Speaking of toads living in shoes, Tom Cox's article got me thinking about our little boy weiro, Spiro, who has set up his own man cave at the top of our pantry. Freo Doctor Blog readers will remember Spiro from his starring role in such posts as 'What my weiros, Pearl and Spiro, have taught me about placemaking,' where I revealed his fetish for playing with my wife's makeup.
Well, he's back, but this time he's discovered his weiro masculinity. For the last fortnight, Spiro has been on a bout of antibiotics twice daily to sort out an eye infection. How do you administer medicine to a bird, you have probably never had to wonder? Basically it involves snaffling him at unsuspecting moments and then, as he opens his mouth to sink his beak into the tender flesh of your finger (or, if you've been doing it for more than a day, one of the many bandaids now covering your hand), you squirt the antibiotic cocktail down his throat.
Our success in giving him his medicine lasted a couple days before Spiro developed telepathic powers. The thought that it might be a good time to give him a dose need only flutter across my consciousness, and he would snap into high alert mode and place himself somewhere unreachable. I don't think that I need to explain that no amount of placemaking skills will help with nabbing a wily weiro who can read minds. So, I did what any self-respecting 36 year old male would do: Walk around with a tea towel draped over my head (for camoflage), resolutely thinking about my latest town planning/placemaking fad and definitely not about grabbing birds. When that failed, Band of Brothers got a couple of viewings. Freo Doctor Blog readers will be relieved to find out that my wife did not issue the go ahead for my 3am shock and thunder raids.
Although we managed to keep up his medicine routine at great cost to both finger and Spiro's amour propre, Spiro wasn't finished with yet. About five days ago, I sauntered into the kitchen Hobbit style for my second breakfast when something spiky swooped down from the pantry and attached itself to my scalp with what felt like little grappling hooks. The little bugger had been watching Band of Brothers! He had set up his own stronghold and was now implementing a classic ambush of his unsuspecting enemy.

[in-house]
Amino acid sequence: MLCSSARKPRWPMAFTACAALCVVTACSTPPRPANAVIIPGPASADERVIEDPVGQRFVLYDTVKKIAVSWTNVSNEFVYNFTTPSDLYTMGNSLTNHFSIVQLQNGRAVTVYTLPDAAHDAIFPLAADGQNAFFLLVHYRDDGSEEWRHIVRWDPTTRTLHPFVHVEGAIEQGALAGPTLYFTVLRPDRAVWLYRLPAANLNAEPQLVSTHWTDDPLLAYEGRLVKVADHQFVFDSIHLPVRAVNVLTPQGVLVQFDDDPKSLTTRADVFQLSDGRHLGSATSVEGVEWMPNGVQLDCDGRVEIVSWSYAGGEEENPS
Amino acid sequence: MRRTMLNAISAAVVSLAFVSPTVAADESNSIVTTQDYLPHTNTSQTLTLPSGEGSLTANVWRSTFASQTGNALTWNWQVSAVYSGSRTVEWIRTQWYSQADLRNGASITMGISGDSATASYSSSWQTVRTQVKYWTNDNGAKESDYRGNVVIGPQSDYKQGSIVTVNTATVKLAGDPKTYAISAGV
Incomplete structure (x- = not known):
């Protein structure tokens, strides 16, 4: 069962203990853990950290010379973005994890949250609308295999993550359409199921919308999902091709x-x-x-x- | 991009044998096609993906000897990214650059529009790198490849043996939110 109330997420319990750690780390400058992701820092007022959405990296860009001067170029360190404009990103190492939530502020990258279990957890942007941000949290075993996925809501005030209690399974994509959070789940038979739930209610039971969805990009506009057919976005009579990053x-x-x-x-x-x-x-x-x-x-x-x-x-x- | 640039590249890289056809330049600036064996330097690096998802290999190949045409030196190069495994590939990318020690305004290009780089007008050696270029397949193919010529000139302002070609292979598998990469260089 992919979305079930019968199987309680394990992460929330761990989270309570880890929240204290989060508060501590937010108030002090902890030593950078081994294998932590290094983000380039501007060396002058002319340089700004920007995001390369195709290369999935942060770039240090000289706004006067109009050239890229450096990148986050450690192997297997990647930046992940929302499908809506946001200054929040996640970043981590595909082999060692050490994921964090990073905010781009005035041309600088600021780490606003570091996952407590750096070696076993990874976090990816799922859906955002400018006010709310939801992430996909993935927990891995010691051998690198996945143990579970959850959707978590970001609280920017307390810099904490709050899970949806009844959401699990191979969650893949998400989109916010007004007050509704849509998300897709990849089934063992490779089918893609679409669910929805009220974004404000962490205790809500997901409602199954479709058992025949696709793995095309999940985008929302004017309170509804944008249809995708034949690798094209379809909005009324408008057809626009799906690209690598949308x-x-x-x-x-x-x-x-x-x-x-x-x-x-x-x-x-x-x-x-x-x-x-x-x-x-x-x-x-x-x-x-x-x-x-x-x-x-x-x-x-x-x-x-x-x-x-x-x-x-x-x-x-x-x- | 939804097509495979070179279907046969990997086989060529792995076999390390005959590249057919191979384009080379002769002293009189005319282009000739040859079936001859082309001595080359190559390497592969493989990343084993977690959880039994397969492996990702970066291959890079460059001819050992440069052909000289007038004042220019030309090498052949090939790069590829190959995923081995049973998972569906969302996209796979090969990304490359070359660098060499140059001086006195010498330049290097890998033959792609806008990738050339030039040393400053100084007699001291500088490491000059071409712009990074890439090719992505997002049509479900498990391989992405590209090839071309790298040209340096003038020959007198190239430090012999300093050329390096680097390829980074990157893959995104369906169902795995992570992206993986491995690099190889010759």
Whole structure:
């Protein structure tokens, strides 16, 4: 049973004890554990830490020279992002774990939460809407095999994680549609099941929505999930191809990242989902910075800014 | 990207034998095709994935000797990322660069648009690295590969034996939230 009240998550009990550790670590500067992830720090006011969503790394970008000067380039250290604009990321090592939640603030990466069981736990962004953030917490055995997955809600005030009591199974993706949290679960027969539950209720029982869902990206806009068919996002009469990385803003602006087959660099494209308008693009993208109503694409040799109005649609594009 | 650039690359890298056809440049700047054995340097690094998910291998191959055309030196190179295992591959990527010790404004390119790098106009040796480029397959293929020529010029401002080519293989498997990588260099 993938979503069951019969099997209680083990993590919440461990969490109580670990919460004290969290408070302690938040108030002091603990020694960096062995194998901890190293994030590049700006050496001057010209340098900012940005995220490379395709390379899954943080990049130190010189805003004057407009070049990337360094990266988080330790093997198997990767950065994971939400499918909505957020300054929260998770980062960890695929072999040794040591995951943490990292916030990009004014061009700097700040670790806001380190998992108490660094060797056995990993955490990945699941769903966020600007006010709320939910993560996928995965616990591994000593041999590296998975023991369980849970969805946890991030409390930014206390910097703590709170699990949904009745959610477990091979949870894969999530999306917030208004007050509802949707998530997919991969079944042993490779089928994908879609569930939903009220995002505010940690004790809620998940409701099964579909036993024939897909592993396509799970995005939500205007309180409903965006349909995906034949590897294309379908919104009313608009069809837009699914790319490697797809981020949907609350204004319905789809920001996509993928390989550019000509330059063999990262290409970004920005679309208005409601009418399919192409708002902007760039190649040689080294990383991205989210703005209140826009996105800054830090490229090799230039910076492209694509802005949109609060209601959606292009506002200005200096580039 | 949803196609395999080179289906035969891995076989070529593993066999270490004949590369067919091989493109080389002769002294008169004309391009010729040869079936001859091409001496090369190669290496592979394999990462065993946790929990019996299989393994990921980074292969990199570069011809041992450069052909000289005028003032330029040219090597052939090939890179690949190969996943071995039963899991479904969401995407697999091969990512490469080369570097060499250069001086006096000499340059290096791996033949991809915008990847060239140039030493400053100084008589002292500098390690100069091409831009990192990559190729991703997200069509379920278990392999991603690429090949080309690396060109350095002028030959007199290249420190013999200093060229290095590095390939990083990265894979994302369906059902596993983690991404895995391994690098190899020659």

He banged on my head woodpecker style before retreating to the pantry and higher ground. Scratching my scalp, thinking that Spiro surprisingly gave a pretty good head massage, I looked up to see him watching me with a glint in his eye. To cap off his victory he let fly with a machine gun rat atat atat whistle and then disappeared back into the recesses of the pantry's top shelf. At that point, I didn't know whether to laugh or to be truly scared (I resolved to sleep with all of our bedroom doors closed that night just to be sure).
Since then, the little guy has been flying off each day for some Spiro time in his man cave, emerging with a look of rejuvenation and renewed confidence. The girl weiros, Pearl and Ramona, aren't allowed in. No one is quite sure exactly what he gets up to in there - my wife reports that during the day she often hears him whistling songs to himself and banging on something, while at other times the cave becomes mysteriously silent.
And seriously, check out the article by Tom Cox. It's friggin kick ass.